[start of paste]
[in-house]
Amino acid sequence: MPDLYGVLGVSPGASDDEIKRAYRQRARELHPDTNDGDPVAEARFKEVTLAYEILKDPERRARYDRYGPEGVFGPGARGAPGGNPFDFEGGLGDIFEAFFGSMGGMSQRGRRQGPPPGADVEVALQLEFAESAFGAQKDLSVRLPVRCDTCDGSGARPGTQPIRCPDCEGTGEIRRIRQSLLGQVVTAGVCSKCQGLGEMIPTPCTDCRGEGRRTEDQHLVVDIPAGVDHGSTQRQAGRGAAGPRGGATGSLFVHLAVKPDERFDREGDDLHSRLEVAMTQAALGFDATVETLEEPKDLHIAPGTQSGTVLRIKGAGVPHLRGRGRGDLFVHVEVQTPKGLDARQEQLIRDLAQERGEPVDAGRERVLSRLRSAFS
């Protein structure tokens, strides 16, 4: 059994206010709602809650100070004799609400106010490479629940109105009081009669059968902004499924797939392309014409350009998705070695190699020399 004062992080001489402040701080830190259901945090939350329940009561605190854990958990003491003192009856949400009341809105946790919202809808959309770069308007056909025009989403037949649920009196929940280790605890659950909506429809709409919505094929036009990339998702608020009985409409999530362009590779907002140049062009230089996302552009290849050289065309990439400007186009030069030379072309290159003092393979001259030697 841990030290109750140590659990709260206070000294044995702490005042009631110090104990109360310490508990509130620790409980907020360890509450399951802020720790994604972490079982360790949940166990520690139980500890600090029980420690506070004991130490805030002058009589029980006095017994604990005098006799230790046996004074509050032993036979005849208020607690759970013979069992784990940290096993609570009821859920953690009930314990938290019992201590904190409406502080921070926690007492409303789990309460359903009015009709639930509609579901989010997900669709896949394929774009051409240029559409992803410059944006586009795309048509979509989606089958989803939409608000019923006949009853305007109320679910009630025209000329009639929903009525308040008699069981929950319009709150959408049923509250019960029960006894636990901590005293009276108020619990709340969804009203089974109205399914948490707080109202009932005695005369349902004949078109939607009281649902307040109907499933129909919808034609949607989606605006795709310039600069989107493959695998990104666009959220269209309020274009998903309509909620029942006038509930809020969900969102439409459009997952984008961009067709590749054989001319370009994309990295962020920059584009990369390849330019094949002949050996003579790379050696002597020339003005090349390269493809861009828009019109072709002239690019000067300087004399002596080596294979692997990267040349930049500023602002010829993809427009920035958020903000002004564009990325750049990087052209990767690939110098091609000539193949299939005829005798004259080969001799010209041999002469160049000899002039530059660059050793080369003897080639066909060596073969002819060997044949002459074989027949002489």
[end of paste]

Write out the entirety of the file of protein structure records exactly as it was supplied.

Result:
[in-house]
Amino acid sequence: MPDLYGVLGVSPGASDDEIKRAYRQRARELHPDTNDGDPVAEARFKEVTLAYEILKDPERRARYDRYGPEGVFGPGARGAPGGNPFDFEGGLGDIFEAFFGSMGGMSQRGRRQGPPPGADVEVALQLEFAESAFGAQKDLSVRLPVRCDTCDGSGARPGTQPIRCPDCEGTGEIRRIRQSLLGQVVTAGVCSKCQGLGEMIPTPCTDCRGEGRRTEDQHLVVDIPAGVDHGSTQRQAGRGAAGPRGGATGSLFVHLAVKPDERFDREGDDLHSRLEVAMTQAALGFDATVETLEEPKDLHIAPGTQSGTVLRIKGAGVPHLRGRGRGDLFVHVEVQTPKGLDARQEQLIRDLAQERGEPVDAGRERVLSRLRSAFS
């Protein structure tokens, strides 16, 4: 059994206010709602809650100070004799609400106010490479629940109105009081009669059968902004499924797939392309014409350009998705070695190699020399 004062992080001489402040701080830190259901945090939350329940009561605190854990958990003491003192009856949400009341809105946790919202809808959309770069308007056909025009989403037949649920009196929940280790605890659950909506429809709409919505094929036009990339998702608020009985409409999530362009590779907002140049062009230089996302552009290849050289065309990439400007186009030069030379072309290159003092393979001259030697 841990030290109750140590659990709260206070000294044995702490005042009631110090104990109360310490508990509130620790409980907020360890509450399951802020720790994604972490079982360790949940166990520690139980500890600090029980420690506070004991130490805030002058009589029980006095017994604990005098006799230790046996004074509050032993036979005849208020607690759970013979069992784990940290096993609570009821859920953690009930314990938290019992201590904190409406502080921070926690007492409303789990309460359903009015009709639930509609579901989010997900669709896949394929774009051409240029559409992803410059944006586009795309048509979509989606089958989803939409608000019923006949009853305007109320679910009630025209000329009639929903009525308040008699069981929950319009709150959408049923509250019960029960006894636990901590005293009276108020619990709340969804009203089974109205399914948490707080109202009932005695005369349902004949078109939607009281649902307040109907499933129909919808034609949607989606605006795709310039600069989107493959695998990104666009959220269209309020274009998903309509909620029942006038509930809020969900969102439409459009997952984008961009067709590749054989001319370009994309990295962020920059584009990369390849330019094949002949050996003579790379050696002597020339003005090349390269493809861009828009019109072709002239690019000067300087004399002596080596294979692997990267040349930049500023602002010829993809427009920035958020903000002004564009990325750049990087052209990767690939110098091609000539193949299939005829005798004259080969001799010209041999002469160049000899002039530059660059050793080369003897080639066909060596073969002819060997044949002459074989027949002489």